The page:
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Dylan Colon

North Sister Conditions?

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A couple of my friends and I were planning on trying to climb North Sister on Sunday (weather permitting) via the SW ridge from Pole Creek. We were planning on bringing a few pickets and a light rock rack, but would it be a good idea to also have some screws this time of year (I haven't been on that mountain before so I don't really know what to expect)? Also, has anyone been up there lately and can tell me what it's like?

 

Full disclosure: I haven't done a snow climb where I've had to rope up before, and I'm thinking I will do most of the leading this weekend. That said, as far as my experience climbing snow goes, I've done a few unroped snow climbs up to ~45 degrees or so, the south side of Hood for example felt completely casual and I am confident I could climb considerably steeper ground just fine in the right conditions (I have ice tools, and have climbed vertical waterfall ice on toprope many times, though not particularly recently). I'm also pretty confident on exposed and loose rock, having climbed Washington and Three-Fingered Jack (with rope and gear) last summer in dry conditions without undue difficulty, as well as vastly more technically difficult, but safer, stuff at Smith.

 

Thanks in advance for any beta!

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I did see that, thanks, I was wondering if anyone had been up there more recently, otherwise that's what I was assuming I'd be in for. It was those pictures which made me decide a rope would be mandatory given my experience and comfort level.

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Ok, I have an actual question.

 

Weather forecasts look relatively stable for Sunday, as far as I can tell right now, but really warm.

 

If it isn't going to freeze at night, I assume the whole thing is best avoided? Or is that relatively acceptable?

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i've been on it when due to both start time, then encountering a group of 10 crab-walking mazamas who moved as if they'd had no experience on anything other than hood were in front of us... we were on the traverse (and especially the short one before the main one) where it felt quite iffy given how soft the snow was getting. we aborted. But you don't necessarily need a low freeze for the snow up there to 'set' and harden. Just get on and done with the shiz before much sun hits it--its on the west side so you have a good number of hours before the sun hits there (noon-1pm?)--you could use google earth time of day/sun cover and check to make completely sure, useful tool.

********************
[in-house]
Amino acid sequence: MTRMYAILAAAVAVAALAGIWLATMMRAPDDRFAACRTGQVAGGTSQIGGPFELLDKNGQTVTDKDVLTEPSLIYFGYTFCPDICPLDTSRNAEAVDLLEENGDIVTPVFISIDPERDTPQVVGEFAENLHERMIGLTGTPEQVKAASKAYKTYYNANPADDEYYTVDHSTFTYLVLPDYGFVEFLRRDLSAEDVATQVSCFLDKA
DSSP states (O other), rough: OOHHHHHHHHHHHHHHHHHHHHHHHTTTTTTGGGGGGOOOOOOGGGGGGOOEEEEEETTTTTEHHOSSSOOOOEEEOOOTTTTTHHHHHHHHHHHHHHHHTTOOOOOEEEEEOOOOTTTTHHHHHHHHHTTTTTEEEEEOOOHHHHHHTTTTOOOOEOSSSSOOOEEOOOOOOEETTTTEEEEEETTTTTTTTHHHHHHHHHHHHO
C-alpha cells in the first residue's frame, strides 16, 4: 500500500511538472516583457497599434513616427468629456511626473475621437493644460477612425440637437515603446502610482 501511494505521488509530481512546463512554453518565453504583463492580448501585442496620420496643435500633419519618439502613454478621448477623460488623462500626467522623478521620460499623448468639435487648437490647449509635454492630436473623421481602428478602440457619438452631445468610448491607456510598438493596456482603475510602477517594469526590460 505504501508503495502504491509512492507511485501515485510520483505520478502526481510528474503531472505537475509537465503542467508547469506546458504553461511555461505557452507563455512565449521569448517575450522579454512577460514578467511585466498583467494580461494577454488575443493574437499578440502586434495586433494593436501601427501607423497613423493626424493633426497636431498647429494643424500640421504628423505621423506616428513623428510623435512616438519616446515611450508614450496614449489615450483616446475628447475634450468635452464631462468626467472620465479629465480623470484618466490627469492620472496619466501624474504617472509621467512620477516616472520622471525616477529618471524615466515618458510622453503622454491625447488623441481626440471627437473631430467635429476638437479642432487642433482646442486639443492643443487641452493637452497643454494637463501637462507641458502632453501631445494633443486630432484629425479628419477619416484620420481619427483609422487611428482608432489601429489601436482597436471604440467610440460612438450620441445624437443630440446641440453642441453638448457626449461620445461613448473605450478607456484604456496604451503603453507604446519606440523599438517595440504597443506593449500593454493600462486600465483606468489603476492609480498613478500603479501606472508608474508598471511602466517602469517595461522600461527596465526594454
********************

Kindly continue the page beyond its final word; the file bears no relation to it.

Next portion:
158198m.jpg

 

this is retreat from the (still shaded) traverse. The area the guys are on was getting really sloppy quick, we knew the time to top out and come back would take too long for our group to make us feel ok about going back on that. And the traverse is a wee tiny bit steeper than this section, fwiw. It was too soft to protect.

 

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The softness of the traverse and the bowling alley ice can vary widely, even day to day. It's west-facing though, so you get a bit more time before it really softens up. I'd expect some soft traversing, and there's usually some rockfall to keep you moving. A lot of people put in that traverse really high, which I think can be more difficult for newer climbers even if it's less exposed.

 

I would absolutely bail if the Mazamas have any N. Sister climb scheduled. They are a junk show on anything with exposure or requiring even basic technical ability beyond snow hiking. I topped out on the east side many years back to an 8-pack of them on the NE shoulder after they climbed Early Morning Couloir. The looks in their eyes was abject terror and their "leader" was having trouble getting them to do anything, never mind climb the last pinnacle. I'm not sure what ended up happening. Maybe they're still up there.

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I summitted yesterday via the SW ridge. We encountered good firm snow on the Terrible Traverse and alpine ice in the Bowling Alley, hitting the top of Prouty at about 12:30 (late because the aforementioned technical bits were harder and longer than expected, and we pitched everything out). On the way down the Bowling Alley was still firm, but the traverse had become very soft, but at that point there were good steps kicked into it by previous climbers going both ways, making it not so bad.

 

Things are still pretty well covered, but are also rapidly melting out, and there was one section on the traverse that was a nasty mixture of snow and loose rock.

 

Overall it was a good learning experience and I hope to be faster and more efficient on future climbing trips. I'll post a few pictures in the next few days.

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Would appreciate any photos you have Dylan! Heading up there on Thursday night summit by 7 ish. Approach/Route?

 

Cheers!

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The bowling alley was good solid rime, would probably take a screw in a couple places, and the rap sling was melted out and usable.

 

DSCN1747_1280x961_.jpgDSCN1744_1280x960_.jpg

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